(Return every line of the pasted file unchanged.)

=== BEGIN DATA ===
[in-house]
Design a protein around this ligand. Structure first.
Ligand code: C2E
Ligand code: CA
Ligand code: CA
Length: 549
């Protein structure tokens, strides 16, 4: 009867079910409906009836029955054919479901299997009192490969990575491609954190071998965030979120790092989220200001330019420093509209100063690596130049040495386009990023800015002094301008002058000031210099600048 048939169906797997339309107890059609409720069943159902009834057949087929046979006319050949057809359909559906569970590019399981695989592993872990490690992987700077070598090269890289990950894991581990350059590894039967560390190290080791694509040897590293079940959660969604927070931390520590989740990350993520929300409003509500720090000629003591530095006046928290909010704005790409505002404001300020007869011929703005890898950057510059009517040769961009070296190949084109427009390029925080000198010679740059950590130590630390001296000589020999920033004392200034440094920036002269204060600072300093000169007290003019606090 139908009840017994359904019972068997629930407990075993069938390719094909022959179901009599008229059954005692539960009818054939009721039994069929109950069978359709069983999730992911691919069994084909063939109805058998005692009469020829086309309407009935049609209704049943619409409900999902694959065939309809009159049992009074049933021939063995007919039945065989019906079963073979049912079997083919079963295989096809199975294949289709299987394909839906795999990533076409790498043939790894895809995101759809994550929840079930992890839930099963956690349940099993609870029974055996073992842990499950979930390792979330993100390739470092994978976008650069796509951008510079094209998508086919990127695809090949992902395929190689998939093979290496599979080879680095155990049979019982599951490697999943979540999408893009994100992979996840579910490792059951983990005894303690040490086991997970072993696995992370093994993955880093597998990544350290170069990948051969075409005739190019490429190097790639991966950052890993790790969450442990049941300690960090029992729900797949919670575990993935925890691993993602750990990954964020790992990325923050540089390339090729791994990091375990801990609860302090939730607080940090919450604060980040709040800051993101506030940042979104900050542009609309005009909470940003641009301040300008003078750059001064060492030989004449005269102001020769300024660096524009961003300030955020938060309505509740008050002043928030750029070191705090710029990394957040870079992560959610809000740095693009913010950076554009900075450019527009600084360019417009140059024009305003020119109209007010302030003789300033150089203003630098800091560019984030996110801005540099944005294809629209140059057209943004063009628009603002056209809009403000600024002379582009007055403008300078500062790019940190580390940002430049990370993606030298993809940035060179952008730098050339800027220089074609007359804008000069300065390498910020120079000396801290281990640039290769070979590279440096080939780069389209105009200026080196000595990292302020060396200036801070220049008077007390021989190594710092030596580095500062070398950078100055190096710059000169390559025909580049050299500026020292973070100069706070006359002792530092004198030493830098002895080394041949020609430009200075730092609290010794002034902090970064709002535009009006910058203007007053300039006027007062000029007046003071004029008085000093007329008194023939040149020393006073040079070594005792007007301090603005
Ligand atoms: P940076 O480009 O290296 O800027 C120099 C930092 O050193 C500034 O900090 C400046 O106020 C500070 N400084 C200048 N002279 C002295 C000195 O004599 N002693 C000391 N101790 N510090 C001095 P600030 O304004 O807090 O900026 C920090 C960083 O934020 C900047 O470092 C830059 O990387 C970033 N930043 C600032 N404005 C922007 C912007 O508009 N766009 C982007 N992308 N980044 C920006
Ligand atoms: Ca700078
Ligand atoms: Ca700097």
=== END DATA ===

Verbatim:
[in-house]
Design a protein around this ligand. Structure first.
Ligand code: C2E
Ligand code: CA
Ligand code: CA
Length: 549
């Protein structure tokens, strides 16, 4: 009867079910409906009836029955054919479901299997009192490969990575491609954190071998965030979120790092989220200001330019420093509209100063690596130049040495386009990023800015002094301008002058000031210099600048 048939169906797997339309107890059609409720069943159902009834057949087929046979006319050949057809359909559906569970590019399981695989592993872990490690992987700077070598090269890289990950894991581990350059590894039967560390190290080791694509040897590293079940959660969604927070931390520590989740990350993520929300409003509500720090000629003591530095006046928290909010704005790409505002404001300020007869011929703005890898950057510059009517040769961009070296190949084109427009390029925080000198010679740059950590130590630390001296000589020999920033004392200034440094920036002269204060600072300093000169007290003019606090 139908009840017994359904019972068997629930407990075993069938390719094909022959179901009599008229059954005692539960009818054939009721039994069929109950069978359709069983999730992911691919069994084909063939109805058998005692009469020829086309309407009935049609209704049943619409409900999902694959065939309809009159049992009074049933021939063995007919039945065989019906079963073979049912079997083919079963295989096809199975294949289709299987394909839906795999990533076409790498043939790894895809995101759809994550929840079930992890839930099963956690349940099993609870029974055996073992842990499950979930390792979330993100390739470092994978976008650069796509951008510079094209998508086919990127695809090949992902395929190689998939093979290496599979080879680095155990049979019982599951490697999943979540999408893009994100992979996840579910490792059951983990005894303690040490086991997970072993696995992370093994993955880093597998990544350290170069990948051969075409005739190019490429190097790639991966950052890993790790969450442990049941300690960090029992729900797949919670575990993935925890691993993602750990990954964020790992990325923050540089390339090729791994990091375990801990609860302090939730607080940090919450604060980040709040800051993101506030940042979104900050542009609309005009909470940003641009301040300008003078750059001064060492030989004449005269102001020769300024660096524009961003300030955020938060309505509740008050002043928030750029070191705090710029990394957040870079992560959610809000740095693009913010950076554009900075450019527009600084360019417009140059024009305003020119109209007010302030003789300033150089203003630098800091560019984030996110801005540099944005294809629209140059057209943004063009628009603002056209809009403000600024002379582009007055403008300078500062790019940190580390940002430049990370993606030298993809940035060179952008730098050339800027220089074609007359804008000069300065390498910020120079000396801290281990640039290769070979590279440096080939780069389209105009200026080196000595990292302020060396200036801070220049008077007390021989190594710092030596580095500062070398950078100055190096710059000169390559025909580049050299500026020292973070100069706070006359002792530092004198030493830098002895080394041949020609430009200075730092609290010794002034902090970064709002535009009006910058203007007053300039006027007062000029007046003071004029008085000093007329008194023939040149020393006073040079070594005792007007301090603005
Ligand atoms: P940076 O480009 O290296 O800027 C120099 C930092 O050193 C500034 O900090 C400046 O106020 C500070 N400084 C200048 N002279 C002295 C000195 O004599 N002693 C000391 N101790 N510090 C001095 P600030 O304004 O807090 O900026 C920090 C960083 O934020 C900047 O470092 C830059 O990387 C970033 N930043 C600032 N404005 C922007 C912007 O508009 N766009 C982007 N992308 N980044 C920006
Ligand atoms: Ca700078
Ligand atoms: Ca700097």